1. 2. 3. Academic Integrity Financial Integrity Independent Certification of Athletics Programs The 2001 report found that "more than half of the institutions competing at the top levels continue to break the rules. Wrongdoing as a way of life seems to represent the status quo." Knight Commission 2001 Knight Commission Findings Among the most glaring of these problems cited by the Commission were: 1. Academic fraud (tutors writing papers for athletes, athletes receiving copies of tests in advance, changing athletes' grades to remain eligible). 2. Low Graduation Rates 3. Financial Arms Race (excessive spending and poor financial accountability) 4. Escalating commercialization that created a "widening chasm between higher education's ideals and bigtime college sports." Knight Commission As a result, the Knight Commission proposed another oneplusthree model of academic reform. No longer do individual college presidents control the issues; instead a coalition of presidents representing the most powerful athletics conferences, dictate policy. (St. Bonaventure) Oneplusthree Model Part II Knight commission focused on: 1. Academic reform (minimum graduation rate standards have been established that can affect postseason eligibility). 2. A deescalation of the athletics arms race. 3. Deemphasis of the commercialization of intercollegiate athletics. The overemphasis on winning, the monetary payoffs for success and commercialization found in major college athletics, has infiltrated into every aspect of the educational system within the U.S., reaching into elementary schools. (Signing endorsements as teens, soda beverage companies building athletic stadiums at high schools) In order to compete, even schools maintaining a balance between athletics and academics have progressively allocated more resources to intercollegiate athletics over the years to the detriment of the academic experience of students. Between 1995 and 2001, spending in DivisionI athletics after inflation increased by 25percent, while institutional spending increased 10percent. This was due to the building boom of new facilities and the escalating costs of football and basketball coaching salaries. Collegiate Arms Race Collegiate Arms Race According to the Chronicle of Higher Education, from 2002 to 2007 schools in the nation's six premier athletic conferences raised at least $3.9 billion for stadium expansions, new practice facilities, and such. Escalating Costs In many cases it's the powerhouses expanding to ensure their dominance, such as the $226 million stadium renovation at Michigan. Or, it's a striving institution like Oklahoma State putting to use the $165 million pledge by billionaire OSU alumnus T. Boone Pickens. In all cases, it is the schools' boosters who are footing most of the bill. In 2000, the Drake Group, comprised of scholars from around the country who study college sport, found that: "college athletics has been transformed into a multibillion dollar entertainment industry that has compromised the academic mission of the university." Drake Group Recommendations:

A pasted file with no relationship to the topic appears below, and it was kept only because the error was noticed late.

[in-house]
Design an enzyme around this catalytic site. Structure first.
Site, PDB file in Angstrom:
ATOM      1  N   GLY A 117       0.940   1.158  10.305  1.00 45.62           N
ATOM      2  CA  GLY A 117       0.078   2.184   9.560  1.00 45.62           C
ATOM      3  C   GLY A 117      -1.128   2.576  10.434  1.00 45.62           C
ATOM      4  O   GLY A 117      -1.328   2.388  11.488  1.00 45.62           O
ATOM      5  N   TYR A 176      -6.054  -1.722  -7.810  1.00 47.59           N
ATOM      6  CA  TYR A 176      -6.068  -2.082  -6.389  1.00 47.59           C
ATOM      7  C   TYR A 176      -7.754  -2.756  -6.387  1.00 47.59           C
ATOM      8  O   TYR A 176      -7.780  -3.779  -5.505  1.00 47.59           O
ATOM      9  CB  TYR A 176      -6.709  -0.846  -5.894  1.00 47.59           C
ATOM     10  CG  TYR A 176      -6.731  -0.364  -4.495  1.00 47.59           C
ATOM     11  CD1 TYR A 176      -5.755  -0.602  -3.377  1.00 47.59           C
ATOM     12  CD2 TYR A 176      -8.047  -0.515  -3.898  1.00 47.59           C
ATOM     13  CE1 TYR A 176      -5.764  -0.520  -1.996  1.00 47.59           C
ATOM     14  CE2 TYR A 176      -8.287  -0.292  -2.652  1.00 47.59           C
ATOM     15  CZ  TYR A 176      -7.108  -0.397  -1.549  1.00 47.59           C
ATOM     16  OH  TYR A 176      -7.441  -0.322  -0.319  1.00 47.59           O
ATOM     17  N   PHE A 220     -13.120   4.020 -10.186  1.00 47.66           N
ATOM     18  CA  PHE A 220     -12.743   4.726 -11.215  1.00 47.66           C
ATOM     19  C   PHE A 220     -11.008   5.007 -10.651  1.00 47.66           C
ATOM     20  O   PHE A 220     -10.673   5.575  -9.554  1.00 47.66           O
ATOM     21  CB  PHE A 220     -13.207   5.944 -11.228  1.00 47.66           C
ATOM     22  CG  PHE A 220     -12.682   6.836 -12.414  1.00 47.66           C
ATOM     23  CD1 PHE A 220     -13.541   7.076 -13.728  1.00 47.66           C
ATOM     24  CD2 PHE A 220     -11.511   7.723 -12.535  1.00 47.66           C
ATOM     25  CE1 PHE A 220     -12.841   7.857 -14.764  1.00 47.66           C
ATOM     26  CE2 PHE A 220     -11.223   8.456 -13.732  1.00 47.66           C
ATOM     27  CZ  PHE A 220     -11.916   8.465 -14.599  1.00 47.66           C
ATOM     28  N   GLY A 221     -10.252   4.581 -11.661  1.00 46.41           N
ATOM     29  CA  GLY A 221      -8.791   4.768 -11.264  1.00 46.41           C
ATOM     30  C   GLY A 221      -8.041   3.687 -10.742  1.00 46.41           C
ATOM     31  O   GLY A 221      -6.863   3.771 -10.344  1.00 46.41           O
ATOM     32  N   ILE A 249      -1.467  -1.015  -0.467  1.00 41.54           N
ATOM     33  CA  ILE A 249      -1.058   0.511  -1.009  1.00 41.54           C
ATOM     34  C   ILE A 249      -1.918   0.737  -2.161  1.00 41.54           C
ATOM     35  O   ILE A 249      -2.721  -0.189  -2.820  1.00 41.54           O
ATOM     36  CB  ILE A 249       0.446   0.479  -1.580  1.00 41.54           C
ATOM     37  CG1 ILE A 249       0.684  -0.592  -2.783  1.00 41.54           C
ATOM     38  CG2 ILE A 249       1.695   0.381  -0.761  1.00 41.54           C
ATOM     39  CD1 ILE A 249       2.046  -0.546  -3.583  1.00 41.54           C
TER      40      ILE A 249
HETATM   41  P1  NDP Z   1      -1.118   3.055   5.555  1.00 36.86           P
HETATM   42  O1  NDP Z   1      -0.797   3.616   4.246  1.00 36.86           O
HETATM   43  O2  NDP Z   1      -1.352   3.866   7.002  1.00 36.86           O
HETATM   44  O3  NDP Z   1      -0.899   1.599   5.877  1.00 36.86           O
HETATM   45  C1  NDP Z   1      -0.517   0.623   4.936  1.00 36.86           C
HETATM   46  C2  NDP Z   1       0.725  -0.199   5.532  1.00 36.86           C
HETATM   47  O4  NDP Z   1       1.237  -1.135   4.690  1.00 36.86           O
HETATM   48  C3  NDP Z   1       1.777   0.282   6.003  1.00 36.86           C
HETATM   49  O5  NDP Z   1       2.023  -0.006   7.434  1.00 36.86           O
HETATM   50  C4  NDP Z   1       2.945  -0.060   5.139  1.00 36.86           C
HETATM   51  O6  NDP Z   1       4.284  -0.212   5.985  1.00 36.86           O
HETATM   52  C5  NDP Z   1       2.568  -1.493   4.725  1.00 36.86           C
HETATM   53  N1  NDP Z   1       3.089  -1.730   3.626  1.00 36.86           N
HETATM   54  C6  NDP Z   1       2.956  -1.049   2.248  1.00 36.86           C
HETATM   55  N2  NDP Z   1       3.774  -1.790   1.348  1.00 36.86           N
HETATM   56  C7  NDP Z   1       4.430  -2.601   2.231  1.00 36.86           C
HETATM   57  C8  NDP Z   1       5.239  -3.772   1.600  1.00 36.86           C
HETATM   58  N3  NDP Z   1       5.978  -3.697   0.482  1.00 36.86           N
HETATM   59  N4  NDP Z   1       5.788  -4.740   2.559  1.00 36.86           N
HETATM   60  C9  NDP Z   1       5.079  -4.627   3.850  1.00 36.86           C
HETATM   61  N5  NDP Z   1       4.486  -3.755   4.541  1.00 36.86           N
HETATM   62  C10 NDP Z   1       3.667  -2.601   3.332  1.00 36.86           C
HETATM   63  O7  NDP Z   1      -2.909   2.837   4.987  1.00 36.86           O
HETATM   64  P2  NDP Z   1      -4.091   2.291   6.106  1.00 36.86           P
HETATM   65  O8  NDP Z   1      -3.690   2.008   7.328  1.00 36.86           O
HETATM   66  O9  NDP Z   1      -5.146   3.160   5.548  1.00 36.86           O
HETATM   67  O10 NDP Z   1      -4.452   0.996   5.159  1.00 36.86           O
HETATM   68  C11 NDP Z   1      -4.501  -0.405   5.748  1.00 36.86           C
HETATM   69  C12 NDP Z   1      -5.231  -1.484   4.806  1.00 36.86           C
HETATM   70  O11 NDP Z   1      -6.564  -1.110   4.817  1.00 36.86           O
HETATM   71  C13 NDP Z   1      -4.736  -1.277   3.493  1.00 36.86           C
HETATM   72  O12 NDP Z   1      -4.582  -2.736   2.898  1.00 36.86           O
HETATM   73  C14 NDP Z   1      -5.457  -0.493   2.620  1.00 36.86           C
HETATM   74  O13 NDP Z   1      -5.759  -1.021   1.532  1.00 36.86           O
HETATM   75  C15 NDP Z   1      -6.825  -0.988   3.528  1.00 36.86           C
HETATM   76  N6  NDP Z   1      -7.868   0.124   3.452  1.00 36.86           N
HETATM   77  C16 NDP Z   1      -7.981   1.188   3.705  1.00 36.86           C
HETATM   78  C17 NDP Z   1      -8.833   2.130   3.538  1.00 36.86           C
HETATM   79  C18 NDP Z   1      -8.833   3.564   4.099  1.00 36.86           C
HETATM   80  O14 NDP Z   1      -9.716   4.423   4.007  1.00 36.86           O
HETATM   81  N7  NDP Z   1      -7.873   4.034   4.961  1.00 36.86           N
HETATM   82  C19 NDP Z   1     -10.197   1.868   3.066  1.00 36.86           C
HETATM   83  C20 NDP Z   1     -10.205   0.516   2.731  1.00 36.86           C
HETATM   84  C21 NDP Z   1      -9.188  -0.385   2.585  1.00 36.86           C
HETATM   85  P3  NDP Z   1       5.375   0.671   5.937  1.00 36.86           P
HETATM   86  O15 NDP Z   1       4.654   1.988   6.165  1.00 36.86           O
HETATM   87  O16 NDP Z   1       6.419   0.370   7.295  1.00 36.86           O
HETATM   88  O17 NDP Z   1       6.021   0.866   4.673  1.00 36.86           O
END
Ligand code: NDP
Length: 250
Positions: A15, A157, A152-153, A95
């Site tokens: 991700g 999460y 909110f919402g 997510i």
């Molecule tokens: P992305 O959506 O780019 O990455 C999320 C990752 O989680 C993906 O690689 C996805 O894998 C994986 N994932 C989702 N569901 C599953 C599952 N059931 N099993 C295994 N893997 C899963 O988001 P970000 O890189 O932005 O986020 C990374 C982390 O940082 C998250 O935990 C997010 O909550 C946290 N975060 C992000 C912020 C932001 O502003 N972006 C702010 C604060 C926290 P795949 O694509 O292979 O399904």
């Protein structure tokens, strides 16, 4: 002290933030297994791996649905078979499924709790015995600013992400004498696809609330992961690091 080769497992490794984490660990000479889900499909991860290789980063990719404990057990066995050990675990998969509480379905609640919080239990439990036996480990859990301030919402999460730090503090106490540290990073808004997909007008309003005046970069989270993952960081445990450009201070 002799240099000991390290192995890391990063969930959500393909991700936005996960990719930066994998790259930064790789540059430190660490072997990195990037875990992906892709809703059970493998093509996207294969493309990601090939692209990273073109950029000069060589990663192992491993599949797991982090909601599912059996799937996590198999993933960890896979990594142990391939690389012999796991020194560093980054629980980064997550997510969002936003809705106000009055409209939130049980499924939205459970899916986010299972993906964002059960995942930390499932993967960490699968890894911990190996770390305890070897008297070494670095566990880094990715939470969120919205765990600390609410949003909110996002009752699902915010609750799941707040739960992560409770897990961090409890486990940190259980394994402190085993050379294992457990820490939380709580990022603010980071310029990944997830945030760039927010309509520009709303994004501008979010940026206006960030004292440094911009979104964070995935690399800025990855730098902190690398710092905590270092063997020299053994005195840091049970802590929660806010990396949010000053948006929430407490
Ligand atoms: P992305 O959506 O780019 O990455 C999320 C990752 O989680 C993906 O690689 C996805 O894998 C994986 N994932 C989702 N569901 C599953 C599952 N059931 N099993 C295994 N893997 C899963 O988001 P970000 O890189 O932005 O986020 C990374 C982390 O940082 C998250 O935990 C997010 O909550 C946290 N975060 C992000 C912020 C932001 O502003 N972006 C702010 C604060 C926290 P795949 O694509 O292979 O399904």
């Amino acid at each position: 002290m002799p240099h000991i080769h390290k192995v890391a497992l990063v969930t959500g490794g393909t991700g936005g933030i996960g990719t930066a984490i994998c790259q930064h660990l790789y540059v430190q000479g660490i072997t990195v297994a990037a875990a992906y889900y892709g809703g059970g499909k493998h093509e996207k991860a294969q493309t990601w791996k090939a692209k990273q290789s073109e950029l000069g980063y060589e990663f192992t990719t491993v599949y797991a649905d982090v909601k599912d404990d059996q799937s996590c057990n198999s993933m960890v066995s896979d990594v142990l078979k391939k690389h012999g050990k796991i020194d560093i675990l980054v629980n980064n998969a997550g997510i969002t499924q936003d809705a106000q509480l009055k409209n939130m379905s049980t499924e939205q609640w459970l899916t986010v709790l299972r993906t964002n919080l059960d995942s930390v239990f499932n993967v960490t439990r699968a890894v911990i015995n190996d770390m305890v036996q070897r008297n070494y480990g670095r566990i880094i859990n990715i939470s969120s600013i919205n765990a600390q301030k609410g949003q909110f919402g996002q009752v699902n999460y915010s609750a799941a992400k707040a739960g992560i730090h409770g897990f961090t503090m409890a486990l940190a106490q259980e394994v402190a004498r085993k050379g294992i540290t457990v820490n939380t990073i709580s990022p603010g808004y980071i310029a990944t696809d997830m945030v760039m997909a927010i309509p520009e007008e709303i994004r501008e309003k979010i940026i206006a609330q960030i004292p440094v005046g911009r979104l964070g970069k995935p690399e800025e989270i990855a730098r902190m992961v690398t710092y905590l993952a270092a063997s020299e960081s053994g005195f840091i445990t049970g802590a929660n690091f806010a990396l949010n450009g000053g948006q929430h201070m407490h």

1. 2. 3. Force policy makers to require public disclosure of academic information about athletes. Institutions must offer academic support and counseling services to all students, rather than special services provided to student athletes. Consideration should be given to replacing oneyear renewable scholarships that place athletes in dependent relationships with coaches with needbased financial aid. ...
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This note was uploaded on 01/30/2012 for the course SPM 205 taught by Professor Staff during the Fall '10 term at Syracuse.
- Fall '10